Cloud Services

F1 Computing Solutions can move your entire business' I.T. infrastructure to the cloud or only a portion of it. We have the cloud solution for your business no matter what it may be. F1 Computing Solutions is partnered with Microsoft and we are certified experts utilizing Microsoft's Private Cloud infrastructure. This is the same infrastructure that the U.S. Government utilizes.

The term "the cloud" can be very confusing and not everybody truly understands what "the cloud" actually is. Please refer to our FAQ's below to help answer any questions you may have or feel free to contact us and we will be more than happy to answer any questions you may have and present you with a perfect solution for your business.

Cloud FAQ's

No, not all cloud environments are the same. There are three different ways to deploy cloud computing resources: public cloud, private cloud, and hybrid cloud.
Public cloud
Public clouds are owned and operated by a third-party cloud service provider, which deliver their computing resources like servers and storage over the Internet. Microsoft Azure is an example of a public cloud. With a public cloud, all hardware, software, and other supporting infrastructure is owned and managed by the cloud provider. You access these services and manage your account using a web browser.

Private cloud
A private cloud refers to cloud computing resources used exclusively by a single business or organization. A private cloud can be physically located on the company’s on-site datacenter. Some companies also pay third-party service providers to host their private cloud. A private cloud is one in which the services and infrastructure are maintained on a private network.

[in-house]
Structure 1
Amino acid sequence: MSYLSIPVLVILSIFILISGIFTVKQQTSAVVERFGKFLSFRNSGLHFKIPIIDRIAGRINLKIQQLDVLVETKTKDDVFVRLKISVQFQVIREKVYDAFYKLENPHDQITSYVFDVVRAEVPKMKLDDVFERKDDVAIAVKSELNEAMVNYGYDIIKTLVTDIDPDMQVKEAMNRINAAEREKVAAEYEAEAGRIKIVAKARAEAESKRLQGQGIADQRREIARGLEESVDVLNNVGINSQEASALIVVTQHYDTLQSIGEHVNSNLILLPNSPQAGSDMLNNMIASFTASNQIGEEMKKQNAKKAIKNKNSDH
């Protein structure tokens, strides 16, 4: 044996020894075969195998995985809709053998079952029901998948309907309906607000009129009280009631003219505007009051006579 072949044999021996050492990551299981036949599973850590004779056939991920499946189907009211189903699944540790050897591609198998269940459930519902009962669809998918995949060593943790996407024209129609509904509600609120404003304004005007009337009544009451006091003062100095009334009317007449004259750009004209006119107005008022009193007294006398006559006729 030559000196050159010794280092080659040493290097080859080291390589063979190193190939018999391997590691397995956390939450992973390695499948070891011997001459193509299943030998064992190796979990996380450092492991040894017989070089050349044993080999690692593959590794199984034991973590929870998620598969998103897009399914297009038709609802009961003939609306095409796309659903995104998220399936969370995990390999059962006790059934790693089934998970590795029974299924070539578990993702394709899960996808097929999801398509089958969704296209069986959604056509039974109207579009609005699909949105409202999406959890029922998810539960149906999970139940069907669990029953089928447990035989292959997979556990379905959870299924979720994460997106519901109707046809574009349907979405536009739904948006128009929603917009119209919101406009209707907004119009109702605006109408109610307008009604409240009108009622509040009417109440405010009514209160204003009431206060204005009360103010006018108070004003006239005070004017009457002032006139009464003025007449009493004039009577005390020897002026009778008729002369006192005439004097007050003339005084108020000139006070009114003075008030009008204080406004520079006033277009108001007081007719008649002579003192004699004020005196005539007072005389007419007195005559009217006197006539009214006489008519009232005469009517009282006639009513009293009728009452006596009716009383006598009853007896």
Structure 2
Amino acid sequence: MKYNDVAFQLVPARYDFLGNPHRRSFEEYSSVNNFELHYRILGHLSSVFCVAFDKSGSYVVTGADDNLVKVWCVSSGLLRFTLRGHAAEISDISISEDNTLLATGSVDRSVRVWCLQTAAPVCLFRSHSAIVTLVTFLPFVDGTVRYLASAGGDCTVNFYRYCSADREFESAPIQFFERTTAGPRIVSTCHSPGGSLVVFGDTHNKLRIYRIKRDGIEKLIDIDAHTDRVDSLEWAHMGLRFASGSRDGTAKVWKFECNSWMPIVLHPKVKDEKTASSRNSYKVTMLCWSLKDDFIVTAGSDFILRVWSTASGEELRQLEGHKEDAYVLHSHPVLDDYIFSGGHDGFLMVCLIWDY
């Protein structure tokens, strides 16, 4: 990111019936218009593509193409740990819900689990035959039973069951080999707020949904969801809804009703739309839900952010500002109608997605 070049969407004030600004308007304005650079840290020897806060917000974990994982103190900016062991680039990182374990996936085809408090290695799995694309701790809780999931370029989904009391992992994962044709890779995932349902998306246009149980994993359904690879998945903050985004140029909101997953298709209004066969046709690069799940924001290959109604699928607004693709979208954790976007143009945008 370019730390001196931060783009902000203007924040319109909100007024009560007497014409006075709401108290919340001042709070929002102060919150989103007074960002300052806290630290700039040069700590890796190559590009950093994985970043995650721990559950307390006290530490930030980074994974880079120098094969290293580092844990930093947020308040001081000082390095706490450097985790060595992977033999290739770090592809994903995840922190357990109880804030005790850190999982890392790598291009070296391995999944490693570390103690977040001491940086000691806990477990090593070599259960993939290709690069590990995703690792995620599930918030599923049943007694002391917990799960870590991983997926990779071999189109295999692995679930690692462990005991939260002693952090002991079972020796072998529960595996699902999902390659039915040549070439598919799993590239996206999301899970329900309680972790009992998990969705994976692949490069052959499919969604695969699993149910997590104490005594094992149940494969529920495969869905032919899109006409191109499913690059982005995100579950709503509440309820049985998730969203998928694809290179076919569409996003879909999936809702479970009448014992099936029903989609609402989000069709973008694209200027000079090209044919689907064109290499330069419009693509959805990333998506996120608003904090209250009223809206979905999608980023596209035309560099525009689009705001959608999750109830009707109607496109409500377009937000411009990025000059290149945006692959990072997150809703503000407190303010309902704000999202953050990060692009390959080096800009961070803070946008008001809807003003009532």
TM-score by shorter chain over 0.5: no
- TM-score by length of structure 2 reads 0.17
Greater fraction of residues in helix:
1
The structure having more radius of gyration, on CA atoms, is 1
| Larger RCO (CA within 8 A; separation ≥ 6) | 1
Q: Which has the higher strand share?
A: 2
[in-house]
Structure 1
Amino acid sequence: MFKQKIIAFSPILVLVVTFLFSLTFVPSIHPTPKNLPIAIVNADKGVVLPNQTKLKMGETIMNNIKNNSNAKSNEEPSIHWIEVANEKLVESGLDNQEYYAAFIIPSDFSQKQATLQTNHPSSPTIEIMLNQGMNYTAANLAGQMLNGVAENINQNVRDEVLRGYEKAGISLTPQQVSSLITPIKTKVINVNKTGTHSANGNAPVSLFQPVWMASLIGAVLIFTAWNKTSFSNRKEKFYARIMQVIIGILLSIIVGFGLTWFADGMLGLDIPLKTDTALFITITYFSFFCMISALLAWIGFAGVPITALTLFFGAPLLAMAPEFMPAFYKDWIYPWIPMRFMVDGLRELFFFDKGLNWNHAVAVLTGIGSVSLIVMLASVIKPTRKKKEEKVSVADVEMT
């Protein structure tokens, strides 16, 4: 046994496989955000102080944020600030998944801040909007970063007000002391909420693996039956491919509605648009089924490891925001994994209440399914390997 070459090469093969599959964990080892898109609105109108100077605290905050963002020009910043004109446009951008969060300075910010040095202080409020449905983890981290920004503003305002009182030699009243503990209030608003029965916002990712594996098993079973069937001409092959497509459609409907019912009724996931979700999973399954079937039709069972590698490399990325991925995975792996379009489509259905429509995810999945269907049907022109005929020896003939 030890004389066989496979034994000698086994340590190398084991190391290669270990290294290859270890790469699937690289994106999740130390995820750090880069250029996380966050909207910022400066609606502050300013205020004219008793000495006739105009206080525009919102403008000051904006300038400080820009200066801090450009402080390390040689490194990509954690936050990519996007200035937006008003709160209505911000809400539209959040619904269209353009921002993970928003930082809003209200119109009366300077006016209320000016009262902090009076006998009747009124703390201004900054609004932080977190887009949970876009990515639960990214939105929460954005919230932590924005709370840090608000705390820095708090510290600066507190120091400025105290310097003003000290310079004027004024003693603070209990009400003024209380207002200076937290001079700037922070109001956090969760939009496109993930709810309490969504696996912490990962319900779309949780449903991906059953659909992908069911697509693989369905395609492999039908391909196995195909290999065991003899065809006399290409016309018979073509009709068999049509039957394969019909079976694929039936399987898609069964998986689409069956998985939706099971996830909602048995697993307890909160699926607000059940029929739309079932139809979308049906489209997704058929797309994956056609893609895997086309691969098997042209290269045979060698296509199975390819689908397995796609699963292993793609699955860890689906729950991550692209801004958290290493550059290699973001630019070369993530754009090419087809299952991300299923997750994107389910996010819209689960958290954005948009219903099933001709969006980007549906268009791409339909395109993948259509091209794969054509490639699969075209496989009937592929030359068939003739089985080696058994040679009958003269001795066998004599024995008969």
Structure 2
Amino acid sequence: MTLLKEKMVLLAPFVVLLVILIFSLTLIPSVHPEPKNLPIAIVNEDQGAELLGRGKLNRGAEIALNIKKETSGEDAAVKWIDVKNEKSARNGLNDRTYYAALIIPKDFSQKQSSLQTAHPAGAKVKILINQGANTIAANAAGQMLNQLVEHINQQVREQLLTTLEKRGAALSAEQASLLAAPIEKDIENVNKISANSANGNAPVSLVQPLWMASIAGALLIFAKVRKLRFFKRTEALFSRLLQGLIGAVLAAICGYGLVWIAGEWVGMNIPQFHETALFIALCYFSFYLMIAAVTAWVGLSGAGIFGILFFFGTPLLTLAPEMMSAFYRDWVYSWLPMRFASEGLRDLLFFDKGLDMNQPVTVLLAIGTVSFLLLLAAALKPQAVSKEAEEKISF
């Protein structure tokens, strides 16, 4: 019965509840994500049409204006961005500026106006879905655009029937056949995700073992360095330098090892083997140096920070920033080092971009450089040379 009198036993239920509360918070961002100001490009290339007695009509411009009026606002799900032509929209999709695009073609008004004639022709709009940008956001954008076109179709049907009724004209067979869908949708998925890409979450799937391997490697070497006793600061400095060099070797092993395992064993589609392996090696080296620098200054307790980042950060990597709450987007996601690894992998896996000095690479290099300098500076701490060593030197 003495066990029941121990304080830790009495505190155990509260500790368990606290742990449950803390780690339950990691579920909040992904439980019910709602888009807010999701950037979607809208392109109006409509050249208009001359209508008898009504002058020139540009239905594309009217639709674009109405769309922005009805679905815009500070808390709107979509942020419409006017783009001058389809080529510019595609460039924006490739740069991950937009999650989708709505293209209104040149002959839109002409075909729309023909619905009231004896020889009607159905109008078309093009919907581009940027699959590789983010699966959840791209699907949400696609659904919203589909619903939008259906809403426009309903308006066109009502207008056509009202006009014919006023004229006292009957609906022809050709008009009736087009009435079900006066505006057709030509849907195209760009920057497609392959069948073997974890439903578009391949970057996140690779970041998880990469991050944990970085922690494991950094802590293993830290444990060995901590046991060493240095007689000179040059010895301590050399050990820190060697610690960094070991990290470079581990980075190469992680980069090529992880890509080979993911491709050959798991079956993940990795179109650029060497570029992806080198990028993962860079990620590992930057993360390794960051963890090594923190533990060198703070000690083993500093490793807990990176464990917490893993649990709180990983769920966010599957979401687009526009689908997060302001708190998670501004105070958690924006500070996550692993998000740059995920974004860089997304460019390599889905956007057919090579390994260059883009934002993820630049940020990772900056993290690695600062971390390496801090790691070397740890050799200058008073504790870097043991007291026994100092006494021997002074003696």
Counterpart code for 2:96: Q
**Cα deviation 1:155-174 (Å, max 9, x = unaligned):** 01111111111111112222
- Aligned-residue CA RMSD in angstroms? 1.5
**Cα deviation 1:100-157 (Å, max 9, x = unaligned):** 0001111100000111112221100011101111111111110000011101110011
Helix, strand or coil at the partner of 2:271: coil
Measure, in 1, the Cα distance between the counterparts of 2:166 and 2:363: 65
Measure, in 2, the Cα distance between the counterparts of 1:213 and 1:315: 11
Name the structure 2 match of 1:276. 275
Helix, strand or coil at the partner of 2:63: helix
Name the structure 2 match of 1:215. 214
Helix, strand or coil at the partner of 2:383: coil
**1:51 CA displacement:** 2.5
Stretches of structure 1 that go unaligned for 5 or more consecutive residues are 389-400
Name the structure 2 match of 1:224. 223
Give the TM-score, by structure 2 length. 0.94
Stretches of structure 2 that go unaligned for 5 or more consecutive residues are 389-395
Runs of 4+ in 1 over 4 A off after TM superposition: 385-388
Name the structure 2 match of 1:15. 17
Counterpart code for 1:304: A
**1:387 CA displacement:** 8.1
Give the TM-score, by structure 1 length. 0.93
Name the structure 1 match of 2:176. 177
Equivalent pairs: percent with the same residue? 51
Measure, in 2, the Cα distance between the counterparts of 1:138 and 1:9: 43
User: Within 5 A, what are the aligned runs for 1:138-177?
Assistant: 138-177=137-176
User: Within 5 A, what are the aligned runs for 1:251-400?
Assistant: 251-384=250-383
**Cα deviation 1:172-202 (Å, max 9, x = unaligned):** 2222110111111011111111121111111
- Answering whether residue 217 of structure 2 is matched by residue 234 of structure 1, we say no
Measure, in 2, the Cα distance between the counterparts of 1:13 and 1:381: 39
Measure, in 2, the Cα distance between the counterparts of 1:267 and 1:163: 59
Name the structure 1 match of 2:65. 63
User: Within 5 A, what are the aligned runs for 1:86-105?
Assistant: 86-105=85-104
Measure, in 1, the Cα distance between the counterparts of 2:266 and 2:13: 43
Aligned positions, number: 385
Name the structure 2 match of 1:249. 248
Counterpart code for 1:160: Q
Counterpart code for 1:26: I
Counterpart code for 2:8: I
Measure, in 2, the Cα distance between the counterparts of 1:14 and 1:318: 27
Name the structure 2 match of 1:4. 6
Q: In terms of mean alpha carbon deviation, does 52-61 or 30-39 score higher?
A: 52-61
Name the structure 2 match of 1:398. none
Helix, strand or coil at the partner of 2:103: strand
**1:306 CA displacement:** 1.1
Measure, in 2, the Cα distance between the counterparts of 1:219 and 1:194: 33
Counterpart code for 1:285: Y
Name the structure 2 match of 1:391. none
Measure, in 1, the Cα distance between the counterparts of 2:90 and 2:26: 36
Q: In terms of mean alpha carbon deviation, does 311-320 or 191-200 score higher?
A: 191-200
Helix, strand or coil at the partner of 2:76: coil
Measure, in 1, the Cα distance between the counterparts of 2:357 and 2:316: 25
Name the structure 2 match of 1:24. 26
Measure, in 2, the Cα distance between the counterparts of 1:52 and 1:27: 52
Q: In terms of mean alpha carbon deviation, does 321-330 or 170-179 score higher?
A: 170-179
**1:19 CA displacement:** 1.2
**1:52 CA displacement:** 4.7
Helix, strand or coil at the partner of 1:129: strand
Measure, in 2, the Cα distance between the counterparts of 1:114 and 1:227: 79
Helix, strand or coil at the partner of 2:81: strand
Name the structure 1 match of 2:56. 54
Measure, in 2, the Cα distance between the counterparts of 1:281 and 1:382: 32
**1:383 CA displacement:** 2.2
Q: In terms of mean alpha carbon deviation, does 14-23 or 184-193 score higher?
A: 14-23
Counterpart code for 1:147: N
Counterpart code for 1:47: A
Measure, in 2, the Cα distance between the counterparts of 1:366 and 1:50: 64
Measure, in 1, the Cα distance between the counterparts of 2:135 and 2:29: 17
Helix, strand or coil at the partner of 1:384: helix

Hybrid cloud
Hybrid clouds combine public and private clouds, bound together by technology that allows data and applications to be shared between them. By allowing data and applications to move between private and public clouds, hybrid cloud gives businesses greater flexibility and more deployment options.

Most cloud computing services fall into three broad categories: infrastructure as a service (IaaS), platform as a service (PaaS), and software as a service (Saas). These are sometimes called the cloud computing stack, because they build on top of one another. Knowing what they are and how they’re different makes it easier to accomplish your business goals.

Infrastructure-as-a-service (IaaS)

The most basic category of cloud computing services. With IaaS, you rent IT infrastructure—servers and virtual machines (VMs), storage, networks, operating systems.

Platform as a service (PaaS)

Platform-as-a-service (PaaS) refers to cloud computing services that supply an on-demand environment for developing, testing, delivering, and managing software applications. PaaS is designed to make it easier for developers to quickly create web or mobile apps, without worrying about setting up or managing the underlying infrastructure of servers, storage, network, and databases needed for development.

Software as a service (SaaS)